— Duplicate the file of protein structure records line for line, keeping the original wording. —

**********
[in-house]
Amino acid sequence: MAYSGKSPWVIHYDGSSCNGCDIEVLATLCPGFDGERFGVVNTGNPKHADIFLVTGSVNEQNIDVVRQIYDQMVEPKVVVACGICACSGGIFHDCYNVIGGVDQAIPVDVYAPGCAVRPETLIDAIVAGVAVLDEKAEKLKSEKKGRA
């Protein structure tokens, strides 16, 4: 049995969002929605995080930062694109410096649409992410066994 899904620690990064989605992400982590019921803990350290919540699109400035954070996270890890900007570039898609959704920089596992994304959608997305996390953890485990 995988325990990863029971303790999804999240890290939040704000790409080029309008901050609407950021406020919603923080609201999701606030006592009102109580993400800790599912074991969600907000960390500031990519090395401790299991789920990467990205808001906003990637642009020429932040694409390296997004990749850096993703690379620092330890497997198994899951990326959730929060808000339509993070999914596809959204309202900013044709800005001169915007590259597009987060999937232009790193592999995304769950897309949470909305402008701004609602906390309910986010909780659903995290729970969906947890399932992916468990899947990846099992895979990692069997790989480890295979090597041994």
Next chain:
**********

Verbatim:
[in-house]
Amino acid sequence: MAYSGKSPWVIHYDGSSCNGCDIEVLATLCPGFDGERFGVVNTGNPKHADIFLVTGSVNEQNIDVVRQIYDQMVEPKVVVACGICACSGGIFHDCYNVIGGVDQAIPVDVYAPGCAVRPETLIDAIVAGVAVLDEKAEKLKSEKKGRA
């Protein structure tokens, strides 16, 4: 049995969002929605995080930062694109410096649409992410066994 899904620690990064989605992400982590019921803990350290919540699109400035954070996270890890900007570039898609959704920089596992994304959608997305996390953890485990 995988325990990863029971303790999804999240890290939040704000790409080029309008901050609407950021406020919603923080609201999701606030006592009102109580993400800790599912074991969600907000960390500031990519090395401790299991789920990467990205808001906003990637642009020429932040694409390296997004990749850096993703690379620092330890497997198994899951990326959730929060808000339509993070999914596809959204309202900013044709800005001169915007590259597009987060999937232009790193592999995304769950897309949470909305402008701004609602906390309910986010909780659903995290729970969906947890399932992916468990899947990846099992895979990692069997790989480890295979090597041994």
Next chain: